THE MASK OF DIONYSUS: Bea Bonafini, Rob Branigan and Frances Drayson at Brooke Benington's Viewing Room

Review by Harriet Foyster


The title of Brooke Benington’s first online exhibition casts us back to scenes of ancient drama. It reminds us of Dionysus’ namesake theatre in Athens, supposedly the first theatre ever built. The site is regarded as the birthplace of Tragedy but in our present moment, as the globe teeters on the edge of many crises, perhaps tragedy feels like an all too easy place to begin. 

The Mask of Dionysus, then, sets us in motion. It conjures imagery of theatricality, performance and acting. It suggests movement in many forms; actors moving on a stage, plot developing through narrative, even temporal transition from Ancient Greece to present day. Lively connotations are to be expected after all, since Dionysus was the god of theatre, frenzy and vegetation, as well as wine. So when we consider the show in a context not only of acting but ‘action’, the works in The Mask of Dionysus offer something quite surprising.

On first viewing it appears as though someone has pressed pause on each contribution, freezing the works in a single moment of their existence. The hair, the fruit, the fur - these motifs of perishable life forms are no longer subject to nature’s laws or to the degeneration brought about by the passing of time. They stand perfectly still, preserved, and depict a transformation of life into image. One might say the opposite of theatre: to fix instead of to animate. Not to inject life into the shell of a character, but to make relics or remnants of living. Despite the soft music playing in the background of the video, the show has an incredible silence to it. It is in this sense that it conveys the rigidity of a snapshot as opposed to the motion of theatre.

Rob Branigan’s forged steel lemons have been freshly picked and lack life-giving roots yet manage to maintain their firm form and bright colour. The fruit in his photograph Yield II has already fallen to the ground but refuses to decompose. Bea Bonafini’s masks are caught mid-blink, eyelids half open in the awkward squint of a subject who wasn’t quite ready for the camera. The figures in Frances Drayson’s photographic series stand precariously balanced, baring grins and grimaces that couldn’t possibly be held for long in reality. Their contorted states declare them freeze-frames. The works sit in a peculiar space somewhere after animation and before disintegration, in keeping with the titular reference to Dionysus: he was also said to be a communicant between the living and the dead, and so familiar with this threshold state.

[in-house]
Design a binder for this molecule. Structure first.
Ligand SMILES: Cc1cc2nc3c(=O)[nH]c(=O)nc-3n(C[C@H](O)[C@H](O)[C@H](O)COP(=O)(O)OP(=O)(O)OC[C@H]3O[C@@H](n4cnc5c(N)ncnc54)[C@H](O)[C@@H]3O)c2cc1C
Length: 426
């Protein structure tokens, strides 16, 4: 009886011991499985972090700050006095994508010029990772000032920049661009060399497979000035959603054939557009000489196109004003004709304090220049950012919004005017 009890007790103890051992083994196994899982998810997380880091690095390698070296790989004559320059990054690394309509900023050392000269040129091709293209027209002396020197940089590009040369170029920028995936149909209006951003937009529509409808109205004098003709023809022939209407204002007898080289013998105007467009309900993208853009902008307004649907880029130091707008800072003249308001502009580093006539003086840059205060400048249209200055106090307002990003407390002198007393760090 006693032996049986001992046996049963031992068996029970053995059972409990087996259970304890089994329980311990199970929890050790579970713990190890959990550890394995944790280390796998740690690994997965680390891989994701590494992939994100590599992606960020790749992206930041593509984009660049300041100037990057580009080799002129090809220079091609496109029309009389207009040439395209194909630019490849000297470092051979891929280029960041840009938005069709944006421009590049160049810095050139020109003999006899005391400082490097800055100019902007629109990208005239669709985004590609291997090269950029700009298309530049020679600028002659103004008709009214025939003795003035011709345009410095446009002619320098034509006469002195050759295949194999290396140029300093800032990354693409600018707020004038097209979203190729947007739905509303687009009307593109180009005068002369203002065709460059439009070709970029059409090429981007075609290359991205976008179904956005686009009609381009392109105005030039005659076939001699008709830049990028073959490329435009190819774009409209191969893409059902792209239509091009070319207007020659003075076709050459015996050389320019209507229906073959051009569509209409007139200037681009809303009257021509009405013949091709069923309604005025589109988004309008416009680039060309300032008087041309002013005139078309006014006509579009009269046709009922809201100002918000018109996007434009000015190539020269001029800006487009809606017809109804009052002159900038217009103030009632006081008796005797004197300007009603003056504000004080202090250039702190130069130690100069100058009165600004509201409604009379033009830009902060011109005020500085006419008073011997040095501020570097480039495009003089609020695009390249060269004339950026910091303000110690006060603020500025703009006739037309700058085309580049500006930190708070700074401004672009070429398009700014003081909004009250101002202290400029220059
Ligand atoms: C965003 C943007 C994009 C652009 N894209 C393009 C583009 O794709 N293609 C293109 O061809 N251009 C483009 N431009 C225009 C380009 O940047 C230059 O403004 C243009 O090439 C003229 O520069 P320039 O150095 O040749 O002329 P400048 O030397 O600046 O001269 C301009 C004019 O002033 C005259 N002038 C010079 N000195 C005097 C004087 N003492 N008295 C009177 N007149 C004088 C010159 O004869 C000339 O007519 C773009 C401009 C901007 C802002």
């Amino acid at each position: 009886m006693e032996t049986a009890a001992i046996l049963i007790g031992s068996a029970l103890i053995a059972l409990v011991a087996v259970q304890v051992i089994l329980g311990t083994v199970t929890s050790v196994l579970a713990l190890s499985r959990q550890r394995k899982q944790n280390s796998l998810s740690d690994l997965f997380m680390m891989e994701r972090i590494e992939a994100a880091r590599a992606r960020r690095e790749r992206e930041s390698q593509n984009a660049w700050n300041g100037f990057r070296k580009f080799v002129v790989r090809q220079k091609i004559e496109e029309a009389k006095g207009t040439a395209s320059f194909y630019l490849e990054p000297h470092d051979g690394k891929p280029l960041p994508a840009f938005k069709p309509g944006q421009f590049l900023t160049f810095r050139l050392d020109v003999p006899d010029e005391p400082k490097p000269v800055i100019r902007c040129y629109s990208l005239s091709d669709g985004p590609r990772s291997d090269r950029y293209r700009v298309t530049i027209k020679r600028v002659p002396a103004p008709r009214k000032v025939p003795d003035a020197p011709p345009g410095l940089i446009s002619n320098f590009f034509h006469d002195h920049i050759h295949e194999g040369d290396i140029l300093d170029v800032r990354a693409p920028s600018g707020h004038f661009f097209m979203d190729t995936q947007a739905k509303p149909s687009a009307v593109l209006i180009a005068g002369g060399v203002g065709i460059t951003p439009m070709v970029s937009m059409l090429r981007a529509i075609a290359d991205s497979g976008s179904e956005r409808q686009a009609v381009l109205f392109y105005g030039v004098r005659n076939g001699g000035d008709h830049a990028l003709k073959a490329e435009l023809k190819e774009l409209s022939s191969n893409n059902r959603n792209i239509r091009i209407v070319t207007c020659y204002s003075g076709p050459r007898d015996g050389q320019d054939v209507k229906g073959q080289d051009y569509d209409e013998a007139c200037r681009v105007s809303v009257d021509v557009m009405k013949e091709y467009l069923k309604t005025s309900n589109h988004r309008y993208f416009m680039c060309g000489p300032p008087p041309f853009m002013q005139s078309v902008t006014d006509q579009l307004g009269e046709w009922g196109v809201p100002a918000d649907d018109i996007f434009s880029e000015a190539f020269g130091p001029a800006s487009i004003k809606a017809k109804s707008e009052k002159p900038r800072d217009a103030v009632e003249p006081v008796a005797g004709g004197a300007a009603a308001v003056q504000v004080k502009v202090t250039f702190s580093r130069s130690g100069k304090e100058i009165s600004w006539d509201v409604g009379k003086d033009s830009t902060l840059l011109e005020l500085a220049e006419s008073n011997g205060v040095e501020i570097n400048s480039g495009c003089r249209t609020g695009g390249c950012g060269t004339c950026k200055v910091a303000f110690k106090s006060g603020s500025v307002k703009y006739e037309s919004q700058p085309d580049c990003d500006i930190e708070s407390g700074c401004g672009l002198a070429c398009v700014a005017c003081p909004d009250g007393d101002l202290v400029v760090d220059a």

Then, upon closer inspection, we realise that in fact the works have not been paused at all, but were never alive to begin with. Branigan’s steel work Ornamental Crime (After G. D. Ehret) takes the unadulterated vitality of a fruit tree and flattens it into a prop. Whilst retaining a three-dimensional form, his stylisation nods to illustration on paper or botanical copper plates, heavy with the presence of the artist’s hand, and therefore intention. The shock of yellow from the spray-painted lemons screams of artificiality, of preservatives or E104. Synthetic hair sprouts from Bonafini`s Peeling Off and Always Let Me Go that hang from the wall as would accessories in a department store: ‘eye level is buy level.’ Drayson’s photographic pair Effects To Compound Regions At… evoke a similar contrived feeling: the poses have been created, not captured. The creature-character that had seemed so ready to burst with life appears superimposed onto its flat background, and so is pushed into the language of the still image via tropes of product photography.

And as well as the sum of its parts, the exhibition itself seems to be playing at life. Despite convincing photography and a video that offers viewers a roaming eye on the curation of works, The Mask of Dionysus is only actually viewable online: it is wearing its own mask of vitality. By performing its own liveliness, it is engaging in an act of trickery - or rather acting - just like the masked actors at the Theatre of Dionysus. In so doing, the exhibition quickly exposes the power of the image as a site of performance, and perhaps gently asks us to always look at things twice. 


Harriet Foyster is an artist and writer from the UK currently living and working in Amsterdam. 



Images in order of appearance:

1. The Mask of Dionysus, the online only exhibition at Brooke Benington featuring work by Bea Bonafini, Rob Branigan and Frances Drayson

2. Rob Branigan 
Citrus Limon (After A. Stahl), 2019 
Forged steel, spray paint
60 x 20 x 20 
Unique

3. Rob Branigan 
Yield II, 2019
Digital C-Type Print (Framed)
53 x 45 cm
Edition 1 of 5

4. Bea Bonafini
Peeling Off, 2019 
Part-glazed vulcan stoneware, porcelain, synthetic 
30 x 20 
Unique

5. Frances Drayson
Effects to Compound Regions at 00:01:01, 2019
Inkjet print mounted on 3mm Dibond with 18mm aluminium subframe, UV sprayed
150 x 135 x 2 cm
Edition 1 of 3

All images courtesy of the artists and Brooke Benington